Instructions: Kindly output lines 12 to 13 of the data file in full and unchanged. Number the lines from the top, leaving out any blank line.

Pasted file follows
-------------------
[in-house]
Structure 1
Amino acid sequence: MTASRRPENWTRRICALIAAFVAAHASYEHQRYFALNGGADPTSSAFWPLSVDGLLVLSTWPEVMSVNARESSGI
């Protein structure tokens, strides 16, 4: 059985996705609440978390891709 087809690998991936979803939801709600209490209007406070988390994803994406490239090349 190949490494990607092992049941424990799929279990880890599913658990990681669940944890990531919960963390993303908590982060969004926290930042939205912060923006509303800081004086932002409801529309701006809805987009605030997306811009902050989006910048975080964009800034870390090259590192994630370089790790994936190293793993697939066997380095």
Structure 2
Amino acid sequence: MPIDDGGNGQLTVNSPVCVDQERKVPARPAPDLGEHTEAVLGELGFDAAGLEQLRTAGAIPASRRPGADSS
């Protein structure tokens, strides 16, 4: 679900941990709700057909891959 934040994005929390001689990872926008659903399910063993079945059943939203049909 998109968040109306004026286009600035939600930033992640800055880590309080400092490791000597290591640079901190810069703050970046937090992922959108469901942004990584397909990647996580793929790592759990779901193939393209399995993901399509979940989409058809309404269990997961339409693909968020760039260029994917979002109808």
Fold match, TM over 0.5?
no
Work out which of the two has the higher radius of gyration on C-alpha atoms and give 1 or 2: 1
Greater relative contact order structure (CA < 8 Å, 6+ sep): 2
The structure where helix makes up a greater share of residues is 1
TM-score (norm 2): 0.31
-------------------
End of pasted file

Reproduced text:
The structure where helix makes up a greater share of residues is 1
TM-score (norm 2): 0.31